The aim of this study was to identify the degree of awareness of the current guidelines and common practices for pleural drain insertion.Methods
A 10-item questionnaire was sent electronically to junior physicians from 4 different hospitals in the South Eastern Sydney and Illawarra Shoalhaven Local Health District. Participants were asked to give their level of experience and management practices for chest drain insertion.Results
A total of 94 junior medical officers from 4 hospitals in the district completed the survey. More than 20% had never inserted a chest drain at the time; 72% had primarily learned from bedside teaching and peer learning, but 11% had no training at all. More than 50% of physicians felt that the biggest threat to the procedure was their own lack of confidence for drain insertion. Despite current guidelines, 25% insert chest drains routinely without the aid of ultrasound. A third of interviewees were aware of local guidelines but had not read them. Most physicians (86%) believe that formal standardized training should be available for junior physicians.Conclusions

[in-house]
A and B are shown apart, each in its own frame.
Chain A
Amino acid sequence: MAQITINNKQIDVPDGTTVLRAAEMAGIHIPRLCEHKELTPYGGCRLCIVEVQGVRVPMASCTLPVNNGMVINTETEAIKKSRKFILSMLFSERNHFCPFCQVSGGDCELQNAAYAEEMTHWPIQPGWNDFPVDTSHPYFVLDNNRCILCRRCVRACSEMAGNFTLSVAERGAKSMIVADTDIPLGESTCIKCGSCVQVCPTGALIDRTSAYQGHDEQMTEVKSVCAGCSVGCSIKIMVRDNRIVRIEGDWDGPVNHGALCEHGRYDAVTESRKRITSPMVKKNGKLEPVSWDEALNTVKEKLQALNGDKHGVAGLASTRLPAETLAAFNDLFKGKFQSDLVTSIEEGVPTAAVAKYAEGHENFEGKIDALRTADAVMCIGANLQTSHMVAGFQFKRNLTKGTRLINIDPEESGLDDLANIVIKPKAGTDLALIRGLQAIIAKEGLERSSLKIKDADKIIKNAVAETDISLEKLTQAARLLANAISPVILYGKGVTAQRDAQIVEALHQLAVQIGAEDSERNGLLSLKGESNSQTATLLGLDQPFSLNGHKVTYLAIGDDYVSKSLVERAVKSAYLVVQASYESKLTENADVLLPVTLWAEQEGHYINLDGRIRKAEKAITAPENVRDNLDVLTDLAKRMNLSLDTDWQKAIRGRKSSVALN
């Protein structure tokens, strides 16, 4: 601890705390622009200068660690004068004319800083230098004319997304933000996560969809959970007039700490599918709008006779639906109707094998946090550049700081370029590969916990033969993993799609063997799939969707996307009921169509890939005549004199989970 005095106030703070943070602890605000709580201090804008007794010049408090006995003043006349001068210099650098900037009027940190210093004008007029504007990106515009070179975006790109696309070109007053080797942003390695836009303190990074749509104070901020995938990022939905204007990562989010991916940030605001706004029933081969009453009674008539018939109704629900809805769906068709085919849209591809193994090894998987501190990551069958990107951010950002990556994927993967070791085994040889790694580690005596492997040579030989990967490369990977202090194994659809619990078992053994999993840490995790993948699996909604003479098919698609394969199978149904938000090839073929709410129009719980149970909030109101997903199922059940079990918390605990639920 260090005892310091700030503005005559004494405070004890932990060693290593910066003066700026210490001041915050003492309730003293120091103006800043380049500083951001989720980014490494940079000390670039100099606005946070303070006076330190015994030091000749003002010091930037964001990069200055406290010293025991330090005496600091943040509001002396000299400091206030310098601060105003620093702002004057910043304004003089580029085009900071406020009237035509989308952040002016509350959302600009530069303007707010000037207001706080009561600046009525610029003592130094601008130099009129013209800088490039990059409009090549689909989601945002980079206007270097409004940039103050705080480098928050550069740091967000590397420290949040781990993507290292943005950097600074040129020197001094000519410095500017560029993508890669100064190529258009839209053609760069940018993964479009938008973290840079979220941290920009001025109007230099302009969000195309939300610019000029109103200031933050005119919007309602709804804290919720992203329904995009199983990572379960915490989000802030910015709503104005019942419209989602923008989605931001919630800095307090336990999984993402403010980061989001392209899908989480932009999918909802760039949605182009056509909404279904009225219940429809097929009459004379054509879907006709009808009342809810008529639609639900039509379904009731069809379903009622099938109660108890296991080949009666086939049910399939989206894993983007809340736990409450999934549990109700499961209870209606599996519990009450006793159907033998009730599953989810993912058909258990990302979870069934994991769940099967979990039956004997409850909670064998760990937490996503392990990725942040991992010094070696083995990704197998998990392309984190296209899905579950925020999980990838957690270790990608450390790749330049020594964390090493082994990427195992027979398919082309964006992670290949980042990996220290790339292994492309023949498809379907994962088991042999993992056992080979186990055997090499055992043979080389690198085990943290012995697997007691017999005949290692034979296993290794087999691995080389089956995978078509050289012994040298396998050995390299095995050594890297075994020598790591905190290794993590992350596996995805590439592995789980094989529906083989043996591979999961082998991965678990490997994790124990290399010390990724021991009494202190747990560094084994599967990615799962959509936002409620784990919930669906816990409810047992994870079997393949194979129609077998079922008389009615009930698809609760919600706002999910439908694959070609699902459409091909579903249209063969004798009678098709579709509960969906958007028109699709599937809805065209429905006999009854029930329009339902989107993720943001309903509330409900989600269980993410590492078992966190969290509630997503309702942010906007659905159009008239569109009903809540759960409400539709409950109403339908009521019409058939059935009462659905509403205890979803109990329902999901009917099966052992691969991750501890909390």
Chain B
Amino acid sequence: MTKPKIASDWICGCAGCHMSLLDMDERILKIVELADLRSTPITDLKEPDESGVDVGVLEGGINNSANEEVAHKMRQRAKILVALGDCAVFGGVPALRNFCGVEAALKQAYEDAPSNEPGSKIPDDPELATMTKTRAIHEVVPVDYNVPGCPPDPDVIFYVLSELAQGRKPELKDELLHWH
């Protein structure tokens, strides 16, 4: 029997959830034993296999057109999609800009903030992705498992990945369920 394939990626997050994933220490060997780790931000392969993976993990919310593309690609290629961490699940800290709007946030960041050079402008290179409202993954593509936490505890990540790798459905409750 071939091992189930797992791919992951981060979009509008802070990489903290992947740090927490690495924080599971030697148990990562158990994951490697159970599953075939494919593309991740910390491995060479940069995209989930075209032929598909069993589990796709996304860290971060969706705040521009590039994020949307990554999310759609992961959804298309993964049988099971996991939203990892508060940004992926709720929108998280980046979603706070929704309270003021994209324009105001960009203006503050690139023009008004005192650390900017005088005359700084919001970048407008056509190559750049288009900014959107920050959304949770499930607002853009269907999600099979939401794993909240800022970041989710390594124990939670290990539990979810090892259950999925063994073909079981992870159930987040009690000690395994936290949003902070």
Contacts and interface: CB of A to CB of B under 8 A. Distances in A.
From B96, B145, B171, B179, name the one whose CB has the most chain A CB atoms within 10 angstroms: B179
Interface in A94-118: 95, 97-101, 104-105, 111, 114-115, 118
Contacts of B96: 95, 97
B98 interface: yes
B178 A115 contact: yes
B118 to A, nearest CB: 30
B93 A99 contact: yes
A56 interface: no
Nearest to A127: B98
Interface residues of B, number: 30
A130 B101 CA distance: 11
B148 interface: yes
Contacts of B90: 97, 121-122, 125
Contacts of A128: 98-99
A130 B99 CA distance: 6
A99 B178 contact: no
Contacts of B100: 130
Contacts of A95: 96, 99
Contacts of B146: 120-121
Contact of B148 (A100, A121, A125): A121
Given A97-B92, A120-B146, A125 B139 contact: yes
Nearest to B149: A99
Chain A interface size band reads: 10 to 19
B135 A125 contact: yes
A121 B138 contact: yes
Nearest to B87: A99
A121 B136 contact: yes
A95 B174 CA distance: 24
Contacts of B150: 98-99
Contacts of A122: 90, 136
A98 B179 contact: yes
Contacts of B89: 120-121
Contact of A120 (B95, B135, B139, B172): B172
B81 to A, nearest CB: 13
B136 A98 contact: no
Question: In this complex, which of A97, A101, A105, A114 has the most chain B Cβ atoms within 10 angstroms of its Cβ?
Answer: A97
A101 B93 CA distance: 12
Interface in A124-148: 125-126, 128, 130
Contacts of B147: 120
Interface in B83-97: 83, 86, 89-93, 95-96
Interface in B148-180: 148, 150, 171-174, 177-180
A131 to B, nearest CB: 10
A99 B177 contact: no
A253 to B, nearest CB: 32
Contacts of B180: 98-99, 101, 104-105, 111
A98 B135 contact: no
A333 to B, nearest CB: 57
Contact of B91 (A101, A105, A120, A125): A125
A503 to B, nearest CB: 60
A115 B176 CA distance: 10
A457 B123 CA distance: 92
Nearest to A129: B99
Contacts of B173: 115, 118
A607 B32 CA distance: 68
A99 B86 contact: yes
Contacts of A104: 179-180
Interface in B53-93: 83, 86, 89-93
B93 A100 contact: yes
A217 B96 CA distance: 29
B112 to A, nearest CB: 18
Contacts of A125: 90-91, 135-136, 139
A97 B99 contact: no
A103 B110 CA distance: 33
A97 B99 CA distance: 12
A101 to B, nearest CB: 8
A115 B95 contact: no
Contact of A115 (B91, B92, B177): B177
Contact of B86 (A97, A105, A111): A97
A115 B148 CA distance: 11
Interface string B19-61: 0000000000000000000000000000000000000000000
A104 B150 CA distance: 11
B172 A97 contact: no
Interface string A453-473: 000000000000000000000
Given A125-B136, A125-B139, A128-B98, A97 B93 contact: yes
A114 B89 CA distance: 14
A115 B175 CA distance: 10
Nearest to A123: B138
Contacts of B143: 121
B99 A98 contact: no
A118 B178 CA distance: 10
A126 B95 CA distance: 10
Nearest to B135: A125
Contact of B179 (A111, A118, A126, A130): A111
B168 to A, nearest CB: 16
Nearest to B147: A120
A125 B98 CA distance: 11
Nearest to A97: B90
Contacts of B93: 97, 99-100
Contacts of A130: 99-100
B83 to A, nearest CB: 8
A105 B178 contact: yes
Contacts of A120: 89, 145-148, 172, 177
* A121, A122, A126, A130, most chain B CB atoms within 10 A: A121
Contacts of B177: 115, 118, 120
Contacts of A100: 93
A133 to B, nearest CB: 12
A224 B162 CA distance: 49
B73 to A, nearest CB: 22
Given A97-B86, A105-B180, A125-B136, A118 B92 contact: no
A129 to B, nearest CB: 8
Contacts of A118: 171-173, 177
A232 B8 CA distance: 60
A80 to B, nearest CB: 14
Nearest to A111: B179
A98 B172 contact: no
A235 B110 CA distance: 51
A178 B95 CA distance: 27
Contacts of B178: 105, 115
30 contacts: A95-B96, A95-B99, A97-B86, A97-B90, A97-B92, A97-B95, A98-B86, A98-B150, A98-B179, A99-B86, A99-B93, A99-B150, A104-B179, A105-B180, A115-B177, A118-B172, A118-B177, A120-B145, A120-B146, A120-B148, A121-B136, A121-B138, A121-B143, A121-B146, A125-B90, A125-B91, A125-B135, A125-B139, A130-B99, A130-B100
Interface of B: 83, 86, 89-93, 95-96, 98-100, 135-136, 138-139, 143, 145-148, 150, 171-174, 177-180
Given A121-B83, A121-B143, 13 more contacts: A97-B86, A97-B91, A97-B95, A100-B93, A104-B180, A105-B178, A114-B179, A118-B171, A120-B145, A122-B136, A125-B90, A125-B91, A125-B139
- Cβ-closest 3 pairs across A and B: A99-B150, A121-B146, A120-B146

Our findings demonstrate the ongoing need for improved procedural training in chest drain insertion, with emphasis on mandatory thoracic ultrasound. We consider it important to continue to raise concern and awareness that chest drain insertion is not a harmless procedure, and further physician procedural competence is required.